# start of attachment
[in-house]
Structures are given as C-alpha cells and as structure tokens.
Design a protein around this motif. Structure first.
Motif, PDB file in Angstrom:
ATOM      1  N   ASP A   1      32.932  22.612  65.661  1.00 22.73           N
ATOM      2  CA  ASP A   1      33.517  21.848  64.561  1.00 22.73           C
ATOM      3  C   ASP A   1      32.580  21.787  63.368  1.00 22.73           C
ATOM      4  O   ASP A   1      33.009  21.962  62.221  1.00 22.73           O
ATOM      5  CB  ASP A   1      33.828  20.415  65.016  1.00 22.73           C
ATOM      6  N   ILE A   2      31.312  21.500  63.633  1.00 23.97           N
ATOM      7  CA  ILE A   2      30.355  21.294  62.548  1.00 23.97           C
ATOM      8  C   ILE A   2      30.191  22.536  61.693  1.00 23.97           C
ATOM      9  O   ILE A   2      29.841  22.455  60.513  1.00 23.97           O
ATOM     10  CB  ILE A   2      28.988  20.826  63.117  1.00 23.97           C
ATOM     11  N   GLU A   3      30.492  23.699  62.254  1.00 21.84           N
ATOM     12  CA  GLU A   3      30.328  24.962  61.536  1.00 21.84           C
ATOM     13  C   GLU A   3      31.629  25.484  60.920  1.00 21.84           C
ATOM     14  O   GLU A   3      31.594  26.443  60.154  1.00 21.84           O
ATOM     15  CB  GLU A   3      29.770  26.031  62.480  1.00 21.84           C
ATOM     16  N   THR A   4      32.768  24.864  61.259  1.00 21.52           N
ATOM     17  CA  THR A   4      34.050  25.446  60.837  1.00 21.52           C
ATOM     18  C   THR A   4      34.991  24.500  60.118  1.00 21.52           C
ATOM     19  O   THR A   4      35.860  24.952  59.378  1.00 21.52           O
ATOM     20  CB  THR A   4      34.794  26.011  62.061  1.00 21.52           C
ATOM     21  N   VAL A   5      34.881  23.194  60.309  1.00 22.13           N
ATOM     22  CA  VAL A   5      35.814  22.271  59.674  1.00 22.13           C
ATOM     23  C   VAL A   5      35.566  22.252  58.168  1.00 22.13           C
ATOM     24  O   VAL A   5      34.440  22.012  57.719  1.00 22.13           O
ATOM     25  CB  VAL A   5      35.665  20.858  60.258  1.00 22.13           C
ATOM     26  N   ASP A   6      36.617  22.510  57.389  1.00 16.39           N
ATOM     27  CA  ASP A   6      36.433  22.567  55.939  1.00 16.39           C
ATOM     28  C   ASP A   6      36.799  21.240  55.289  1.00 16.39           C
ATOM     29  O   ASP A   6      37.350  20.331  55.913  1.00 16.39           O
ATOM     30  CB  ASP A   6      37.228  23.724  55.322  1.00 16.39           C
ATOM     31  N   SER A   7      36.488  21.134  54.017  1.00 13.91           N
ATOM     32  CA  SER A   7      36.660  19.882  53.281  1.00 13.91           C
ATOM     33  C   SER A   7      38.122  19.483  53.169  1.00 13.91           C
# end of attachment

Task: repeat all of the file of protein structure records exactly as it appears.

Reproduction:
[in-house]
Structures are given as C-alpha cells and as structure tokens.
Design a protein around this motif. Structure first.
Motif, PDB file in Angstrom:
ATOM      1  N   ASP A   1      32.932  22.612  65.661  1.00 22.73           N
ATOM      2  CA  ASP A   1      33.517  21.848  64.561  1.00 22.73           C
ATOM      3  C   ASP A   1      32.580  21.787  63.368  1.00 22.73           C
ATOM      4  O   ASP A   1      33.009  21.962  62.221  1.00 22.73           O
ATOM      5  CB  ASP A   1      33.828  20.415  65.016  1.00 22.73           C
ATOM      6  N   ILE A   2      31.312  21.500  63.633  1.00 23.97           N
ATOM      7  CA  ILE A   2      30.355  21.294  62.548  1.00 23.97           C
ATOM      8  C   ILE A   2      30.191  22.536  61.693  1.00 23.97           C
ATOM      9  O   ILE A   2      29.841  22.455  60.513  1.00 23.97           O
ATOM     10  CB  ILE A   2      28.988  20.826  63.117  1.00 23.97           C
ATOM     11  N   GLU A   3      30.492  23.699  62.254  1.00 21.84           N
ATOM     12  CA  GLU A   3      30.328  24.962  61.536  1.00 21.84           C
ATOM     13  C   GLU A   3      31.629  25.484  60.920  1.00 21.84           C
ATOM     14  O   GLU A   3      31.594  26.443  60.154  1.00 21.84           O
ATOM     15  CB  GLU A   3      29.770  26.031  62.480  1.00 21.84           C
ATOM     16  N   THR A   4      32.768  24.864  61.259  1.00 21.52           N
ATOM     17  CA  THR A   4      34.050  25.446  60.837  1.00 21.52           C
ATOM     18  C   THR A   4      34.991  24.500  60.118  1.00 21.52           C
ATOM     19  O   THR A   4      35.860  24.952  59.378  1.00 21.52           O
ATOM     20  CB  THR A   4      34.794  26.011  62.061  1.00 21.52           C
ATOM     21  N   VAL A   5      34.881  23.194  60.309  1.00 22.13           N
ATOM     22  CA  VAL A   5      35.814  22.271  59.674  1.00 22.13           C
ATOM     23  C   VAL A   5      35.566  22.252  58.168  1.00 22.13           C
ATOM     24  O   VAL A   5      34.440  22.012  57.719  1.00 22.13           O
ATOM     25  CB  VAL A   5      35.665  20.858  60.258  1.00 22.13           C
ATOM     26  N   ASP A   6      36.617  22.510  57.389  1.00 16.39           N
ATOM     27  CA  ASP A   6      36.433  22.567  55.939  1.00 16.39           C
ATOM     28  C   ASP A   6      36.799  21.240  55.289  1.00 16.39           C
ATOM     29  O   ASP A   6      37.350  20.331  55.913  1.00 16.39           O
ATOM     30  CB  ASP A   6      37.228  23.724  55.322  1.00 16.39           C
ATOM     31  N   SER A   7      36.488  21.134  54.017  1.00 13.91           N
ATOM     32  CA  SER A   7      36.660  19.882  53.281  1.00 13.91           C
ATOM     33  C   SER A   7      38.122  19.483  53.169  1.00 13.91           C